Probably the best-known work of erotic fiction, John Cleland’s Memoirs of a Woman of Pleasure was first published in London in 1748. More popularly known as Fanny Hill (the name of the novel’s female protagonist), due to its sexual content the book came to be one of the most controversial and banned books in the history of literature, a revelation in that it incorporated pornographic scenes in a novelistic form, a feat never previously undertaken in English literature. Following the young Fanny Hill from her village home to London, the novel depicts her sexual undoing.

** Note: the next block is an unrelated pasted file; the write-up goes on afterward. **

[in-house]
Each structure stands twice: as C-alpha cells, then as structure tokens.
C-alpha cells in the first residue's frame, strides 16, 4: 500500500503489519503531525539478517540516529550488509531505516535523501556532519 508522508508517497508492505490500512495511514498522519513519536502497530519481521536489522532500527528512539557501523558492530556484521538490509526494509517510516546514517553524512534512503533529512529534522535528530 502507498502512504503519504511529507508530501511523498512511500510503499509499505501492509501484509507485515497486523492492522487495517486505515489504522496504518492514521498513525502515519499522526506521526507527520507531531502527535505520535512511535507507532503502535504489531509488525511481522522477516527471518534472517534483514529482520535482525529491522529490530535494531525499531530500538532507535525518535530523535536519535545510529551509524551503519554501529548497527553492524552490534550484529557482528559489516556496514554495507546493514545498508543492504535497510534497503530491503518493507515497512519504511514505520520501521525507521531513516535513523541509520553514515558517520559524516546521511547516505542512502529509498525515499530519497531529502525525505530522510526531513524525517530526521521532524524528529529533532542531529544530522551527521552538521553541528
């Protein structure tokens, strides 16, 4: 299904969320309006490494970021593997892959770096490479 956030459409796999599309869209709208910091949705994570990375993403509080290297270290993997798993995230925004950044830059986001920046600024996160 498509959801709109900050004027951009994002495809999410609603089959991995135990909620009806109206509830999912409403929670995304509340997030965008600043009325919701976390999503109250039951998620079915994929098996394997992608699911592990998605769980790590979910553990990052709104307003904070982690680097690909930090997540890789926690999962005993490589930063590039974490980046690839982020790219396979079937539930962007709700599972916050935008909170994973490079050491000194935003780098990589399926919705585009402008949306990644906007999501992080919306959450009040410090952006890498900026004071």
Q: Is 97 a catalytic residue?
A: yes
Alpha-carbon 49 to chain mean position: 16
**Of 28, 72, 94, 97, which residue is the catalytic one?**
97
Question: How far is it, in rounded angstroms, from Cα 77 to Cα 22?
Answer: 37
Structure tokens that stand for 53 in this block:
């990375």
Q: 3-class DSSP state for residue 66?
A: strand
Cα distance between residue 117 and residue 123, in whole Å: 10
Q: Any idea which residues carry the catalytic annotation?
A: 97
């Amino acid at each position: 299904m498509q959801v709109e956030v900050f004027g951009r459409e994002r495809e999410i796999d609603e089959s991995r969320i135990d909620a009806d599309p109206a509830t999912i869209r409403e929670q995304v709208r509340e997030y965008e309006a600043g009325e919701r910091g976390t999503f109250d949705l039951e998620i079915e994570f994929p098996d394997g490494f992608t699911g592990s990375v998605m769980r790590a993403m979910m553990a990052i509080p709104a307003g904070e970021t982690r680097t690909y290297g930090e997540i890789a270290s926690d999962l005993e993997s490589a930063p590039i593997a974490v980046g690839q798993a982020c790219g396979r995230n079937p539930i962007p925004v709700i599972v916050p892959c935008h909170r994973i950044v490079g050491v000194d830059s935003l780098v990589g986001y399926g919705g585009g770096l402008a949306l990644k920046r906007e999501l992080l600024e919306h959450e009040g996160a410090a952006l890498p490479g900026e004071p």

In illustrating Fanny Hill, Cavell demonstrates his ability to match style with content. This is not the brooding menace of L’ermite de l’Apennin; here the action is domestic, restrained, detailed, carefully observed. This is the best recent graphic interpretation of John Cleland’s text; unfortunately it only treats of the first part of Fanny’s experiences, and was the last of Cavell’s bandes desinées, but maybe it is best to bow out while you’re ahead of the game.
We have included here the first sixteen of the complete book’s 48 pages.
The Cavell version of Fanny Hill was published by Éditions Dominique Leroy.